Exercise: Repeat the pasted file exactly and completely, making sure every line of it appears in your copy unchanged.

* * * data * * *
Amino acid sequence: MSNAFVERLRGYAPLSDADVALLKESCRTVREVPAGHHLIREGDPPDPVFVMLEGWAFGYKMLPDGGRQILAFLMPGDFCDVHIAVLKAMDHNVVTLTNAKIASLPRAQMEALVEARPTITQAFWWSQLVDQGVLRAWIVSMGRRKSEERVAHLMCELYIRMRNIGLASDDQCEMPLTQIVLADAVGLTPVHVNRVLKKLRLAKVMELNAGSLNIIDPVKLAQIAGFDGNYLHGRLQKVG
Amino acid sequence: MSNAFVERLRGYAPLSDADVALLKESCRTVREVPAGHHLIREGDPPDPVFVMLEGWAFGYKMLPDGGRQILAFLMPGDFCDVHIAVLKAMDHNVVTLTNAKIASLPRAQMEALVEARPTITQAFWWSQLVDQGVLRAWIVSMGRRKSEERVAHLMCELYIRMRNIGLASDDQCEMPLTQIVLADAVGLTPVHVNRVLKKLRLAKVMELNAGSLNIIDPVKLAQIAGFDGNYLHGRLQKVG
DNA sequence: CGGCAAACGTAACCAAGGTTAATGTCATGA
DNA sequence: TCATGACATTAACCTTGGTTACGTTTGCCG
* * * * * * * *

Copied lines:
Amino acid sequence: MSNAFVERLRGYAPLSDADVALLKESCRTVREVPAGHHLIREGDPPDPVFVMLEGWAFGYKMLPDGGRQILAFLMPGDFCDVHIAVLKAMDHNVVTLTNAKIASLPRAQMEALVEARPTITQAFWWSQLVDQGVLRAWIVSMGRRKSEERVAHLMCELYIRMRNIGLASDDQCEMPLTQIVLADAVGLTPVHVNRVLKKLRLAKVMELNAGSLNIIDPVKLAQIAGFDGNYLHGRLQKVG
Amino acid sequence: MSNAFVERLRGYAPLSDADVALLKESCRTVREVPAGHHLIREGDPPDPVFVMLEGWAFGYKMLPDGGRQILAFLMPGDFCDVHIAVLKAMDHNVVTLTNAKIASLPRAQMEALVEARPTITQAFWWSQLVDQGVLRAWIVSMGRRKSEERVAHLMCELYIRMRNIGLASDDQCEMPLTQIVLADAVGLTPVHVNRVLKKLRLAKVMELNAGSLNIIDPVKLAQIAGFDGNYLHGRLQKVG
DNA sequence: CGGCAAACGTAACCAAGGTTAATGTCATGA
DNA sequence: TCATGACATTAACCTTGGTTACGTTTGCCG